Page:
NEWS
By Diane Winston | March 14, 1993
SISTER AIMEE: THE LIFE OFAIMEE SEMPLE MCPHERSON.Daniel Mark Epstein.Harcourt Brace & Co.` 475 pages. $27.95.The life of Aimee Semple McPherson defies logical explanation, which is why it is easy to dismiss. To many minds, McPherson, founder of the International Church of the Foursquare Gospel and evangelist extraordinaire of the early decades of the 20th century, is a minor footnote under the broad heading of religion, sex and scandal.Daniel Mark Epstein, a Baltimore writer and poet, saves Sister Aimee (1890-1944)
NEWS
By Glenn C. Altschuler and Glenn C. Altschuler,[Special to The Sun] | May 18, 2008
The Lincolns Portrait of a Marriage By Daniel Mark Epstein Ballantine Books / 544 pages / $28 Leo Tolstoy was wrong. Happy families are not all alike - nor is every unhappy family unhappy in its own way. Enduring marriages, in fact, are - serially and simultaneously - happy and unhappy. As Daniel Mark Epstein reminds us, they rarely follow "a simple trajectory," proceeding instead "in a jagged arc, as husband and wife agree, disagree, compromise, and experience estrangement and reconciliation in the adventure of their life together."
ENTERTAINMENT
By Mike Pride and Mike Pride,Special to the Sun | January 25, 2004
Lincoln and Whitman: Parallel Lives in Civil War Washington, by Daniel Mark Epstein. Ballantine Books. 400 pages. $24.95. The premise of Daniel Mark Epstein's new book is that the two great voices of mid-19th-century America sang in harmony and that the harmony was no accident. Leaves of Grass, Whitman's major poetic work, unlocked the poetic power of Abraham Lincoln, Epstein argues, and a love of Lincoln provided Whitman with a second act after his masterpiece. That Whitman adored Lincoln -- "I love the president personally," he wrote in his diary in 1863 -- and wrote movingly about him is well-established.
NEWS
By Glenn C. Altschuler and Glenn C. Altschuler,[Special to The Sun] | May 18, 2008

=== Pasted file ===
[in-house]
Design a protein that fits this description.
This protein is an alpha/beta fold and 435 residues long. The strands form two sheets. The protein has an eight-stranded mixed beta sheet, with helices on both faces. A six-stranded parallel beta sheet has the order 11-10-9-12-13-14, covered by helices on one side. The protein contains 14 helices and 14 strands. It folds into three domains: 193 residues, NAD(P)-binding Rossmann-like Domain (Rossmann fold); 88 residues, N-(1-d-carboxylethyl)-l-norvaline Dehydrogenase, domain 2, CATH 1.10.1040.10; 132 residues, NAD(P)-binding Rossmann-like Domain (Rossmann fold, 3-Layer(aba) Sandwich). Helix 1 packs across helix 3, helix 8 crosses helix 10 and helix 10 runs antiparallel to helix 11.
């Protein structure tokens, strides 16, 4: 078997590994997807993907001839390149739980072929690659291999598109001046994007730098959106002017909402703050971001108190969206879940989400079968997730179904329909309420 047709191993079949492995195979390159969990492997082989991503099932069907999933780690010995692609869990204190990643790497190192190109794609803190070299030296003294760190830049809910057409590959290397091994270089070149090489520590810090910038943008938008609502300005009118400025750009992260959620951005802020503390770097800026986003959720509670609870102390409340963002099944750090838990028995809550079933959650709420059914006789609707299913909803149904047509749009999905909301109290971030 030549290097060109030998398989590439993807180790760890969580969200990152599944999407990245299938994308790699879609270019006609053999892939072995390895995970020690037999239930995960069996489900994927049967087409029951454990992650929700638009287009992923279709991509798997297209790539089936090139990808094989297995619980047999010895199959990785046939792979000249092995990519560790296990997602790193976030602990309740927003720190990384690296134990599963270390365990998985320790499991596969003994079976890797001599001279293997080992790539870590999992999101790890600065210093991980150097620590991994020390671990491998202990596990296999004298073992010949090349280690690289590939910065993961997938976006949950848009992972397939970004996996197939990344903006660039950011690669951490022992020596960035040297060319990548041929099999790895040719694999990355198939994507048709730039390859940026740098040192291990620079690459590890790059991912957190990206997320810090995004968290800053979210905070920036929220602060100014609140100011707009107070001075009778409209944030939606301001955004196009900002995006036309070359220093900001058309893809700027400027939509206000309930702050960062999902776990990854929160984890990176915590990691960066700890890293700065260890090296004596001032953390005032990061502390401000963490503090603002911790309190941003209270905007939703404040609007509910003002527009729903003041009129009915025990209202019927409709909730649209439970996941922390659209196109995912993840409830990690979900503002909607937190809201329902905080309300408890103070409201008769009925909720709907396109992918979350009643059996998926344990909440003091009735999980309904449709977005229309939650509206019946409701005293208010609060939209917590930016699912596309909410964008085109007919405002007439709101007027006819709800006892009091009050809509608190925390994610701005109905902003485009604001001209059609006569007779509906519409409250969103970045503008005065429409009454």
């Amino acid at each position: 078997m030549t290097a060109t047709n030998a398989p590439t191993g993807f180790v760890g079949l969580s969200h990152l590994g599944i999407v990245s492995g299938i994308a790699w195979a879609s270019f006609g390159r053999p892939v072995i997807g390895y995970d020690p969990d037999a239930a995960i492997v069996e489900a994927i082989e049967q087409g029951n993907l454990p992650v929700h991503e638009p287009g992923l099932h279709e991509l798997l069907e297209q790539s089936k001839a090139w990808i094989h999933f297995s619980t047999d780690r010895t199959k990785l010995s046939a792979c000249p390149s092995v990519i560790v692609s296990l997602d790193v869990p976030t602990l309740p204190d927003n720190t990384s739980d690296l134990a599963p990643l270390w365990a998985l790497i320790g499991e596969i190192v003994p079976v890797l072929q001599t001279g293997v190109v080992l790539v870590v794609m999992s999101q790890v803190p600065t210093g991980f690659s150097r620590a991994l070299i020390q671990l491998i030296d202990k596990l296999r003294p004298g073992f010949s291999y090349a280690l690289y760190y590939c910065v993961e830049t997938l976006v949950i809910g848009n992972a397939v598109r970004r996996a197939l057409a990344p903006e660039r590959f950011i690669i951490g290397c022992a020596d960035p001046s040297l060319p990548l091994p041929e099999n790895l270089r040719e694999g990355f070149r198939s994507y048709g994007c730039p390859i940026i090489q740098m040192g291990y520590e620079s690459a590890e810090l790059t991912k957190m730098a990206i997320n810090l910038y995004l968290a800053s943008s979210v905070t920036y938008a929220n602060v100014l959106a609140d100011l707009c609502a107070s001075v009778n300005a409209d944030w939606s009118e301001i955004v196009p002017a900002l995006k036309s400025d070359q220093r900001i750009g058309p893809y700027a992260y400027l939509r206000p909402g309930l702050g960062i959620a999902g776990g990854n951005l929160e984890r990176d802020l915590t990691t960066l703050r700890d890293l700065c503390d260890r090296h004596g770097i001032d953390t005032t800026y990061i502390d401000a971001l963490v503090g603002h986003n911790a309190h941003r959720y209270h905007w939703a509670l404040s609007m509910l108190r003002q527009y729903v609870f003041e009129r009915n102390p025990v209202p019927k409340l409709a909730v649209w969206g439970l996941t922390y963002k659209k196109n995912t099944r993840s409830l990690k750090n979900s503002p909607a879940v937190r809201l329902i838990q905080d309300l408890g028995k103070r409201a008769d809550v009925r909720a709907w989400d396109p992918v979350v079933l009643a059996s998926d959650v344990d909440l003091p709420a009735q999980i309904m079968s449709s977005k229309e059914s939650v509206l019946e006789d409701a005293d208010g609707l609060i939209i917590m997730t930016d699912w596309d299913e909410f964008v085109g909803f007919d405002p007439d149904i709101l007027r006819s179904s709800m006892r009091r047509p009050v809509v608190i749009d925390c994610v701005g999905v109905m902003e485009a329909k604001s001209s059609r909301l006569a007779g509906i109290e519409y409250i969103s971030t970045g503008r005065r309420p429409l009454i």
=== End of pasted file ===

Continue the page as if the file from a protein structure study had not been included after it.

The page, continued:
The Lincolns Portrait of a Marriage By Daniel Mark Epstein Ballantine Books / 544 pages / $28 Leo Tolstoy was wrong. Happy families are not all alike - nor is every unhappy family unhappy in its own way. Enduring marriages, in fact, are - serially and simultaneously - happy and unhappy. As Daniel Mark Epstein reminds us, they rarely follow "a simple trajectory," proceeding instead "in a jagged arc, as husband and wife agree, disagree, compromise, and experience estrangement and reconciliation in the adventure of their life together."
NEWS
By Mary Carole McCauley and Mary Carole McCauley,Sun reporter | April 13, 2008
For 17 of the 22 years they spent together, Abraham and Mary Todd Lincoln cheated the laws of gravity. Their marriage was forged from the heavy materials dug from the earth, yet it was engineered with such precision it could ride on a puff of air. It was only after Lincoln went to the White House, according to Baltimore author Daniel Mark Epstein, that the couple's delicate balance began to lose its equilibrium. Epstein, 59, has chronicled the pair's loving, turbulent relationship in The Lincolns: Portrait of a Marriage.
ENTERTAINMENT
By Mike Pride and Mike Pride,Special to the Sun | January 25, 2004
Lincoln and Whitman: Parallel Lives in Civil War Washington, by Daniel Mark Epstein. Ballantine Books. 400 pages. $24.95. The premise of Daniel Mark Epstein's new book is that the two great voices of mid-19th-century America sang in harmony and that the harmony was no accident. Leaves of Grass, Whitman's major poetic work, unlocked the poetic power of Abraham Lincoln, Epstein argues, and a love of Lincoln provided Whitman with a second act after his masterpiece. That Whitman adored Lincoln -- "I love the president personally," he wrote in his diary in 1863 -- and wrote movingly about him is well-established.
FEATURES
By Jonathan Pitts and Jonathan Pitts,SUN STAFF | January 21, 2004
Some poets are so finely attuned to their surroundings that their writing can border on prophecy. A striking example of this occurred in 1857, when Walt Whitman, pondering the future of the nation he loved, conjured the image of the "Redeemer President of These States." In a political tract called The Eighteenth Presidency!, Whitman yearned for a new kind of leader. He'd be pleased, he wrote, to see "some heroic, shrewd, fully-informed, healthy-bodied, middle-aged, beard-faced American blacksmith or boatman come down from the West ... and walk into the Presidency, dressed in a clean suit of working attire, and with the tan all over his face, breast and arms."